There is no question that the field of solid state electronics, which essentially began with work at Bell laboratories just after World War II, has had a profound impact on today’s Society. What is not nearly so widely known is that advances in the art and science of crystal growth underpin this technology. Single crystals, once valued only for their beauty, are now found, in one form or another in most electronic, optoelectronic and numerous optical devices. These devices, in turn, have permeated almost every home and village throughout the world. In fact it is hard to imagine what our electronics industry, much less our entire civilization, would have been like if crystal growth scientists and engineers were unable to produce the large, defect free crystals required by device designers.
This book brings together two sets of related articles describing advances made in crystal growth science and technology since World War II. One set is from the proceedings of a Symposium held in August 2002 to celebrate 50 years of progress in the field of crystal growth. The second contains articles previously published in the newsletter of the American Association for Crystal Growth in a series called “Milestones in Crystal Growth”.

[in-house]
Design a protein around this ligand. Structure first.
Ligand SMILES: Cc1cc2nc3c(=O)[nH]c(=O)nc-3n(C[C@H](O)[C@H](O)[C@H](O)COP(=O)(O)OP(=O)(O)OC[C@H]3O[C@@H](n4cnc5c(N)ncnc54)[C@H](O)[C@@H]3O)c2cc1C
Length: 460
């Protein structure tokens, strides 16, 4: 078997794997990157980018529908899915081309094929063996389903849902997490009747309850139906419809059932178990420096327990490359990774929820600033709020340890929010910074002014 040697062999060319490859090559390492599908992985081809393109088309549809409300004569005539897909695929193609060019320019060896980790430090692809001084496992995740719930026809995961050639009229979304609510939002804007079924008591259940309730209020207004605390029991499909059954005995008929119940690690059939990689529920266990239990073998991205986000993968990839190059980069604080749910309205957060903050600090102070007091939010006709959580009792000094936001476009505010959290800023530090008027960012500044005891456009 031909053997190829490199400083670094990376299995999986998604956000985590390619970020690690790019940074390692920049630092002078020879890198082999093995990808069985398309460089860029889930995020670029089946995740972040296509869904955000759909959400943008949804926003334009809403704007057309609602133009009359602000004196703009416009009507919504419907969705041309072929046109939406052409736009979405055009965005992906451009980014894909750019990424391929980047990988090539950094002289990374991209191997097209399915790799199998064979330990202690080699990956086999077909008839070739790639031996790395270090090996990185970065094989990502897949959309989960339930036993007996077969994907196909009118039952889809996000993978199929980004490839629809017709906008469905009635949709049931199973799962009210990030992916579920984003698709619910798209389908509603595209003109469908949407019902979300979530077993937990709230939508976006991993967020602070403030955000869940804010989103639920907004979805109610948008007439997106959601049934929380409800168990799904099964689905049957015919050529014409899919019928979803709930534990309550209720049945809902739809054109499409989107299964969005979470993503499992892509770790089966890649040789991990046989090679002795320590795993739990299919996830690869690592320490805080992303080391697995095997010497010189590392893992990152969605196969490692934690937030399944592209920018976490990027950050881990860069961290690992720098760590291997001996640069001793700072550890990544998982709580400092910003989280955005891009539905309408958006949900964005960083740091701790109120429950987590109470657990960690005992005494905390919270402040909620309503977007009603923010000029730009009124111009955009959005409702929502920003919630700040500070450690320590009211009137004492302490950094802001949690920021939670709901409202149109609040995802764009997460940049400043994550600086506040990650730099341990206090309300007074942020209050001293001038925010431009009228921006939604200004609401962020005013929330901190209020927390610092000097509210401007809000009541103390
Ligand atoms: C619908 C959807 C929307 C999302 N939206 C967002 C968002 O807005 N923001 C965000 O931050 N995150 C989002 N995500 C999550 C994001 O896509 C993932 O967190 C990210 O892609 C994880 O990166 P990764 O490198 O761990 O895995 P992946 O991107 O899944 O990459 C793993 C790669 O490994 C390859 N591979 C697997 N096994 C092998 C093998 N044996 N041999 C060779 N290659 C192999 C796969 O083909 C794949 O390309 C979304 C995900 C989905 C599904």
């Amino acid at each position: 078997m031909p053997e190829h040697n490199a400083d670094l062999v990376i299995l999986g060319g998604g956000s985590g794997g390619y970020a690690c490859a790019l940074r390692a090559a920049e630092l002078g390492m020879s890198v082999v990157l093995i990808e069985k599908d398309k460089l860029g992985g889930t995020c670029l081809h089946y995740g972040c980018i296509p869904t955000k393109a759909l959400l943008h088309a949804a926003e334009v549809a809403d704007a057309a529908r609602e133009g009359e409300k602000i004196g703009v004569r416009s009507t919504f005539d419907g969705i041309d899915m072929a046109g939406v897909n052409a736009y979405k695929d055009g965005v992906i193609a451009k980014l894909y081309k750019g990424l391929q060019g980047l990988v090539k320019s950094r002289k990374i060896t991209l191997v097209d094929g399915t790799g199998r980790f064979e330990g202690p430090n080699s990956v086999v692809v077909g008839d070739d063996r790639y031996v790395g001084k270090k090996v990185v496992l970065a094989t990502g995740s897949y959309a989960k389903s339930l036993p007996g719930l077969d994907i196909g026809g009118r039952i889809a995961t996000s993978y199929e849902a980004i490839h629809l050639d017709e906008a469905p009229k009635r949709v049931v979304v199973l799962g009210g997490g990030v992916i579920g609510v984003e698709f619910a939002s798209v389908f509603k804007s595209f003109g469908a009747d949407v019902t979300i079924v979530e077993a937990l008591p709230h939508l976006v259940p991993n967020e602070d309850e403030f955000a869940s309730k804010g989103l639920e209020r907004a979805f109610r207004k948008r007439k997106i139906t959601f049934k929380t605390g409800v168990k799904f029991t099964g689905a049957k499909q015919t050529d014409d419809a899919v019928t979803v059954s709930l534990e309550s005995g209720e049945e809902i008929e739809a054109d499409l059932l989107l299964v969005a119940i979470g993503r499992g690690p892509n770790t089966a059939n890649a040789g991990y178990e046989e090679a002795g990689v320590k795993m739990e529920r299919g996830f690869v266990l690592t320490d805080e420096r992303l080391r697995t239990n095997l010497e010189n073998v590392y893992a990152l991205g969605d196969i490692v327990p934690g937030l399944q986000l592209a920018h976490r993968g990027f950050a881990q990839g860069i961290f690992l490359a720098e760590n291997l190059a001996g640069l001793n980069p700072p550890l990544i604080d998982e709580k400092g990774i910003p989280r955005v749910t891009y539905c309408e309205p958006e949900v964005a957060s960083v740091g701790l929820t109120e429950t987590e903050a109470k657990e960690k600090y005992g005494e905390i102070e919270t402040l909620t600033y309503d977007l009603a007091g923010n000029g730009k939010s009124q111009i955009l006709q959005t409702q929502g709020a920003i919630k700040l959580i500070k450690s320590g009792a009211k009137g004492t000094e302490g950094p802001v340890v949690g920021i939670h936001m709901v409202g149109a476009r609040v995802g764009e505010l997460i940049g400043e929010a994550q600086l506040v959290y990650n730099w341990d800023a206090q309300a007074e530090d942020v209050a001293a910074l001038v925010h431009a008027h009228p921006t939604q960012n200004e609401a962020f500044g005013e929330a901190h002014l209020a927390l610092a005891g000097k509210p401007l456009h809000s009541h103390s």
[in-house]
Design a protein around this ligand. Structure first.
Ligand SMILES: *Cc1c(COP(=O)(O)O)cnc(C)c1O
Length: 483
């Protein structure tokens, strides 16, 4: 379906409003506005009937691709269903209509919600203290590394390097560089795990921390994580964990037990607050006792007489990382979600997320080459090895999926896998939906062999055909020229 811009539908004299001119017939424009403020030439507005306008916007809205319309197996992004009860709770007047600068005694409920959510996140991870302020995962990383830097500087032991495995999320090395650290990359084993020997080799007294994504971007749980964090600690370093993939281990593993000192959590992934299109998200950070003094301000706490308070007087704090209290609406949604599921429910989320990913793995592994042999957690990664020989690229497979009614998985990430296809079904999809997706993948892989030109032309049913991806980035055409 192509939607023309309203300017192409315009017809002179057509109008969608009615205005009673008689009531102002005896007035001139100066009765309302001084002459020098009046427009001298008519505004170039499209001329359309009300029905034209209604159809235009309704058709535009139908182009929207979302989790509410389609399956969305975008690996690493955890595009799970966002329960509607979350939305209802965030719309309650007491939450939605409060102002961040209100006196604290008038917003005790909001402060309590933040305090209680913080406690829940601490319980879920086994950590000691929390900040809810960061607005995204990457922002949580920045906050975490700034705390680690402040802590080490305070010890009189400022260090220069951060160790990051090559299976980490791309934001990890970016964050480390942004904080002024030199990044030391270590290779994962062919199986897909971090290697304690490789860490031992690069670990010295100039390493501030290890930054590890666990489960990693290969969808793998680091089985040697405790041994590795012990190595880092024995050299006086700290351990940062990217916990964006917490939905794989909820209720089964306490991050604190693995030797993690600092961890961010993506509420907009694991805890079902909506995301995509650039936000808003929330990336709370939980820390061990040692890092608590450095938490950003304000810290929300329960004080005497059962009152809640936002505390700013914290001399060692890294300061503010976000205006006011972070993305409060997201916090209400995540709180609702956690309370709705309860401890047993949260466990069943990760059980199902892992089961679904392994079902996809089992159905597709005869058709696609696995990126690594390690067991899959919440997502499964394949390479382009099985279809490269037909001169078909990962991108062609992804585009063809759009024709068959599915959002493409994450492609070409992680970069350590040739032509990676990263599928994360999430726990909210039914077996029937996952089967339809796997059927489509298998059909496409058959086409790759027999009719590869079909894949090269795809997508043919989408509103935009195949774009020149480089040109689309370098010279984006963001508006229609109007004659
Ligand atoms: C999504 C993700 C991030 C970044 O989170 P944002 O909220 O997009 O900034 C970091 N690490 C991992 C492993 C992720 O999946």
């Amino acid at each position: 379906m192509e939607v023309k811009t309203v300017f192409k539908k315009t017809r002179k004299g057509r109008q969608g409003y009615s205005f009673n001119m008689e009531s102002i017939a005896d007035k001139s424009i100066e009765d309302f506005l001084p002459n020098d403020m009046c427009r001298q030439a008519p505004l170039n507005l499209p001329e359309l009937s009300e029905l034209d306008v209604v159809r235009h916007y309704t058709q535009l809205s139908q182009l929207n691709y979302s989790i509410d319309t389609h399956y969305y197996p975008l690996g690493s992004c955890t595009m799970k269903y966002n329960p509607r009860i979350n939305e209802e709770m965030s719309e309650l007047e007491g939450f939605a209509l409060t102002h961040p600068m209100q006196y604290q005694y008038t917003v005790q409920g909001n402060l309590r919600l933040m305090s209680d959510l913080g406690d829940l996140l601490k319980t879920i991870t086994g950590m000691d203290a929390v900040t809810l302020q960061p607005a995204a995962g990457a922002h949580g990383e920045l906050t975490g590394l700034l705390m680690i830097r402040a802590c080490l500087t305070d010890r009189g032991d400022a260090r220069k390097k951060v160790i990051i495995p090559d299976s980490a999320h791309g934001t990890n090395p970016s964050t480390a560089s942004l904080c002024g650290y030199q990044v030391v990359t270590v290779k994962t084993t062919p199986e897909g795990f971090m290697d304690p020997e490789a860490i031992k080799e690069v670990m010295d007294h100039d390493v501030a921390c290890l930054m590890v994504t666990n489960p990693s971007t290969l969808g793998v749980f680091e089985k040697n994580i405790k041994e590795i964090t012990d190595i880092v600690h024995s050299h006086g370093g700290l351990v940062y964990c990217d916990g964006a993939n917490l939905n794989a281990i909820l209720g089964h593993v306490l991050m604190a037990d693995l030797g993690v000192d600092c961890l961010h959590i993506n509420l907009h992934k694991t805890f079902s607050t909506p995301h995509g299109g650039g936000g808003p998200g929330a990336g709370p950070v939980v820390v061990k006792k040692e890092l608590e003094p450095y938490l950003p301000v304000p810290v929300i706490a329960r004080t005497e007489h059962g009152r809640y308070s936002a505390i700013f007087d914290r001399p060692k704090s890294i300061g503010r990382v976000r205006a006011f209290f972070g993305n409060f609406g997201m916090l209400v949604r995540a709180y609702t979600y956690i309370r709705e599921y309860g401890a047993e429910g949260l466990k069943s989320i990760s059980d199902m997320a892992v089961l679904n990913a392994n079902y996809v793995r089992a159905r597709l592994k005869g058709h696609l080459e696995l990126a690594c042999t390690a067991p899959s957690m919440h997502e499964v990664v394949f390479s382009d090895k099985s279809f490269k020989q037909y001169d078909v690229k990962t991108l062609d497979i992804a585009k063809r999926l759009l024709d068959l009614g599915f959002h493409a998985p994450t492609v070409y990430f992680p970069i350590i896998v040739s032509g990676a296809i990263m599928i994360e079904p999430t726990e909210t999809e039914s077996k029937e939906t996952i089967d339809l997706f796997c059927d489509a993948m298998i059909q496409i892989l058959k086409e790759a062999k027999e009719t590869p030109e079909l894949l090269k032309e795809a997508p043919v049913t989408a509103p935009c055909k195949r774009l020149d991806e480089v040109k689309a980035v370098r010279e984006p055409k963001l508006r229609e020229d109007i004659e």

The first section of this book contains several articles which describe some of the early history of crystal growth prior to the electronics revolution, and upon which modern crystal growth science and technology is based. This is followed by a special article by Prof. Sunagawa which provides some insight into how the successful Japanese crystal growth industry developed. The next section deals with crystal growth fundamentals including concepts of solute distribution, interface kinetics, constitutional supercooling, morphological stability and the growth of dendrites. The following section describes the growth of crystals from melts and solutions, while the final part involves thin film growth by MBE and OMVPE.
These articles were written by some of the most famous theorists and crystal growers working in the field. They will provide future research workers with valuable insight into how these pioneering discoveries were made, and show how their own research and future devices will be based upon these developments.